The NGJ-MB has more power than the Growler's ALQ-99 and the ability to target multiple systems, said Lieutenant Alexander Belbin, project officer with NAWCAD's Air Test and Evaluation Squadron (VX) 23.

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USMC explores operational use of low Earth orbit satcom

by Andrew White

The USMC's 3rd Marine Littoral Regiment showed off an LTATV equipped with Kymeta's u8 user terminal, which is able to acquire OneWeb low Earth orbit satellites to facilitate communications on the pause and on the move. (Andrew White )

The US Marine Corps (USMC) displayed a variety of emerging communications equipment during the amphibious warfare phase of the Rim of the Pacific (RIMPAC) exercise in Hawaii this week.

The display was hosted by the first Marine Littoral Regiment (MLR) to join the USMC's order of battle – 3rd MLR – which is in the process of being equipped as a “self-deployable, multidomain force” that will support partners and allies in deterring adversaries, particularly across the Indo-Pacific.

3rd MLR's Communications Company highlighted several satellite communication (satcom) user terminals, used to network ground vehicles, surface vessels, and command posts to low Earth orbit (LEO) satellite constellations.

Commercially available LEO satcom is gaining popularity across armed forces around the world. Combat commanders see it as a way to employ primary, alternative, contingency, and emergency (PACE) communications plans, which can ensure secure and resilient connectivity, even in the face of disruption by well-equipped adversaries.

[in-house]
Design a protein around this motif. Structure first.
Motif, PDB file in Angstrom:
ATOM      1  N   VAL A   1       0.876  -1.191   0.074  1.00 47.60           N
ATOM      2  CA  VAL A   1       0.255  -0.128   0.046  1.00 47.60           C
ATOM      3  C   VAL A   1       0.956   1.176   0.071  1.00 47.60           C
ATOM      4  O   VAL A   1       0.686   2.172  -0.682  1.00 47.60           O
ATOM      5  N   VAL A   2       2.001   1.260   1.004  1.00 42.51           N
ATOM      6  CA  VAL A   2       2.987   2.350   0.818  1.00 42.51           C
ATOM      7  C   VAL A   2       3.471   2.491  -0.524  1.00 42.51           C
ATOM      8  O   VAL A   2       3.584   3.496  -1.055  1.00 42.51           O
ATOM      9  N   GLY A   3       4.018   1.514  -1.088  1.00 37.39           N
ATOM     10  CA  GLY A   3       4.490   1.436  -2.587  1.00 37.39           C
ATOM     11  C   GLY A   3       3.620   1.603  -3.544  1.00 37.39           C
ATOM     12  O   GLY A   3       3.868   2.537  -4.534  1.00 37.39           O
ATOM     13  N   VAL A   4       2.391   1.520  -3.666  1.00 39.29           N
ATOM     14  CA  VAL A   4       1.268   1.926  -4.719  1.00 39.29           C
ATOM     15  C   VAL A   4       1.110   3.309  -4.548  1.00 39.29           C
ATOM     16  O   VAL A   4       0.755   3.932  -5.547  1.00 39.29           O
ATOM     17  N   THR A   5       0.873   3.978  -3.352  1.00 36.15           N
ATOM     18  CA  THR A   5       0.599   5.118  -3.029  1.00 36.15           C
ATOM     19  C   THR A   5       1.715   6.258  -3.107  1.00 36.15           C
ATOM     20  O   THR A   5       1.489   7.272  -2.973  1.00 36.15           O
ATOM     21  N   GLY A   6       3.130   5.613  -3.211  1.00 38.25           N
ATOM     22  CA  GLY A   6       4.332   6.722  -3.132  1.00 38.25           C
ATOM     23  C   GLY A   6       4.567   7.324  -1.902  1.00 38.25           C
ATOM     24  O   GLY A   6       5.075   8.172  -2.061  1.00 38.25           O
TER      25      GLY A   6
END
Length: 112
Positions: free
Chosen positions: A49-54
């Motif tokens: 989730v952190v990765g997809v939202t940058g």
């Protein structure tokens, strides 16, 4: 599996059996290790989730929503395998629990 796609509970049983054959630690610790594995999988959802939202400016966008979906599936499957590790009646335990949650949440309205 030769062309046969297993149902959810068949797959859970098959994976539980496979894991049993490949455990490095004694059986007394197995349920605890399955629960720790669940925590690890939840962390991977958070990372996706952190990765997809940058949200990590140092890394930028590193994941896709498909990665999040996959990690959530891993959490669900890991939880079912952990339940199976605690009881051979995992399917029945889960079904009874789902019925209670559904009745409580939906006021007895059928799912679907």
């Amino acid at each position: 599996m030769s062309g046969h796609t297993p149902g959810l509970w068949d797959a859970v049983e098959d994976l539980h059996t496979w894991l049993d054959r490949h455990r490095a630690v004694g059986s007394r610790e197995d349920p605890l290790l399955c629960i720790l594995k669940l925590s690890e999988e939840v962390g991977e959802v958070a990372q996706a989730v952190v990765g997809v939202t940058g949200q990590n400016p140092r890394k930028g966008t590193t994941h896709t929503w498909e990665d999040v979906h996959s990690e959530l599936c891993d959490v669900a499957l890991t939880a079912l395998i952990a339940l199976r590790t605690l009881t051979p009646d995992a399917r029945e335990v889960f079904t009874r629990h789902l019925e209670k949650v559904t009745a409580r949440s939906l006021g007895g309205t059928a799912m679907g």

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British Army praises artillery training solution, eyes improvements

by Giles Ebbutt

Cubic's artillery mission training system (AMTS) installed on a 105 mm L118 Light Gun at the Royal School of Artillery, Larkhill. The visible appliqué elements (to the left of the breech and under the barrel) are bright blue. (Giles Ebbutt)

The British Army has learnt a number of lessons from its use of Cubic's artillery mission training system (AMTS) and is introducing improvements to it.

The AMTS has been in use at the Royal School of Artillery at Larkhill and elsewhere as a concept capability demonstrator since late 2018. It consists of an appliqué instrumentation kit that is fitted to the 105 mm L118 Light Gun. Speaking at the 2022 Omega Joint Military Training & Simulation Conference, Alistair Parkinson, head of UK cross domain LVC programmes and indirect fire systems at Cubic, said that this shows where the gun is in time and space, where the barrel is pointing, and when it is fired.

Instrumented emulated ammunition, which is 10% of the weight of the real thing and enables 10 rounds to be stacked into the breech, provides charge and fuze setting. The combined gun and ammunition data enables the round impact point to be calculated.